Photo: (Left) ‘Brains Count’, ink on paper, Hans Langner; (right) ‘Bird’, mixed-media, Jens Mohr, 2017
Langner is a self-taught artist with a career spanning over two decades. In 1996 he transformed from human into bird in a performance in Hong Kong, prompting a journalist to label him “The birdman of Hong Kong.” He’s since ditched performance art and instead has taken birds as his central artistic motif.
Mohr, also self-taught, creates artworks from found pieces and commodities, characterised by an intriguing quirky humour. He’s been working specifically with objects he found for sale at flea markets in Birgu and Ta’ Qali while working here in Malta.
The artists’ work will be on display at Quantum House in Ta’ Xbiex. Their combined exhibition will feature examples of “20 Years of Birds”, including Mohr’s sculptural bird-art (other animals also make cameos), and Langner’s most recent tapestry-based pieces – which he’s been working on for the past two years.
Langner’s compositions are made from old and antique tapestries, adding layers of new narrative to what already exists. “[I make] the invisible birds visible,” he says, referring to the birds he shapes out of the intricate tapestry scenes.
Moor’s works are more playful. They’re spontaneously and intuitively constructed, creating distinctive characters out of discarded, everyday objects.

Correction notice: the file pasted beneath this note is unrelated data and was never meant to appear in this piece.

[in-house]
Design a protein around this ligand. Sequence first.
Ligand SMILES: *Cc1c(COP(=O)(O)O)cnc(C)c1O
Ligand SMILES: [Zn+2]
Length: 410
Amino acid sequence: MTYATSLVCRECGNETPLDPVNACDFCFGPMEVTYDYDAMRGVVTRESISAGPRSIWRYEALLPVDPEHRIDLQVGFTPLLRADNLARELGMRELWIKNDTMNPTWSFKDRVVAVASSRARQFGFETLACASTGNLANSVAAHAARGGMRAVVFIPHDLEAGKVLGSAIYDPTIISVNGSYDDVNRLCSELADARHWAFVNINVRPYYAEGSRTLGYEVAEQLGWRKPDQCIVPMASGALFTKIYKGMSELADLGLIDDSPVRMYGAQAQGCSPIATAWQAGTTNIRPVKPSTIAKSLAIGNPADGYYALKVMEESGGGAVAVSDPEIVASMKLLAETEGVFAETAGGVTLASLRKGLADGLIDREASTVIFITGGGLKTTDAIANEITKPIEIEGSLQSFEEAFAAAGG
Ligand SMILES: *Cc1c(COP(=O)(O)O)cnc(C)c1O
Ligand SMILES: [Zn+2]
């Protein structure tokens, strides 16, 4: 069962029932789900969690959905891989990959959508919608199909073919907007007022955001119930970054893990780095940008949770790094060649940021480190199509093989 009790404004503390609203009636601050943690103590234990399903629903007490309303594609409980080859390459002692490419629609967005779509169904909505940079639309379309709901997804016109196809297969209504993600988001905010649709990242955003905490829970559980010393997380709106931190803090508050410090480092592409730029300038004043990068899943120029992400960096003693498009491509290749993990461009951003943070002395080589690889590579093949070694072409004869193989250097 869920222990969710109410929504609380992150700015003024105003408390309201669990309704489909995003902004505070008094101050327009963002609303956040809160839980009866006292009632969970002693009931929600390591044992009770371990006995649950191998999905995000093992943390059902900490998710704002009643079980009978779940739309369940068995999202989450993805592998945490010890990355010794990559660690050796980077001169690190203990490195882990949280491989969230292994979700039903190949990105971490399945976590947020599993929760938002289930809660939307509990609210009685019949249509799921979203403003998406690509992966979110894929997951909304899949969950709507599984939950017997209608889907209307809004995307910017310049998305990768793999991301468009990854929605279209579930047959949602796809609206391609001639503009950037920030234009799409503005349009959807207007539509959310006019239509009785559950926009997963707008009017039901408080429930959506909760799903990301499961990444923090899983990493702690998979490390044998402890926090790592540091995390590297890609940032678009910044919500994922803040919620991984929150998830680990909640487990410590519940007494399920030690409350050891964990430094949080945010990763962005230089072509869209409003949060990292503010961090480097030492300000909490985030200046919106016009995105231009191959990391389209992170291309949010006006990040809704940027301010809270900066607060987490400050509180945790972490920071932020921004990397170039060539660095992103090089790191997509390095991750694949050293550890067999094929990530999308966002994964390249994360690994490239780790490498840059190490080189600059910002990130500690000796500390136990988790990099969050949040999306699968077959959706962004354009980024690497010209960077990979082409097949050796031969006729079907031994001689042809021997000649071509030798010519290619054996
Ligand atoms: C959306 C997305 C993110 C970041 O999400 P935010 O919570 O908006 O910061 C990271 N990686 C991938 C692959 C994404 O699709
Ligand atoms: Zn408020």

Aside from this exhibition, Langner and Mohr will also be hosting a workshop at Quantum House on Saturday 4 March 9.30am – 5.30pm and Sunday 5 March 9.00 am – 1.30pm.
Participants will get to see the artists at work, and perhaps get a deeper insight into their colourful careers, and unique methods. The two men have been widely exhibited and published, so would-be local artists shouldn’t miss out on getting some insider tips from these guys.
Hey, you might even convince Birman to come out of performance retirement for one last transformation.
If you’re interested in finding out more about the artist known as birdman and Jens Mohr, and would like to participate in their workshops – contact Rehana Sharma by email: [email protected], or phone: 2092 5100.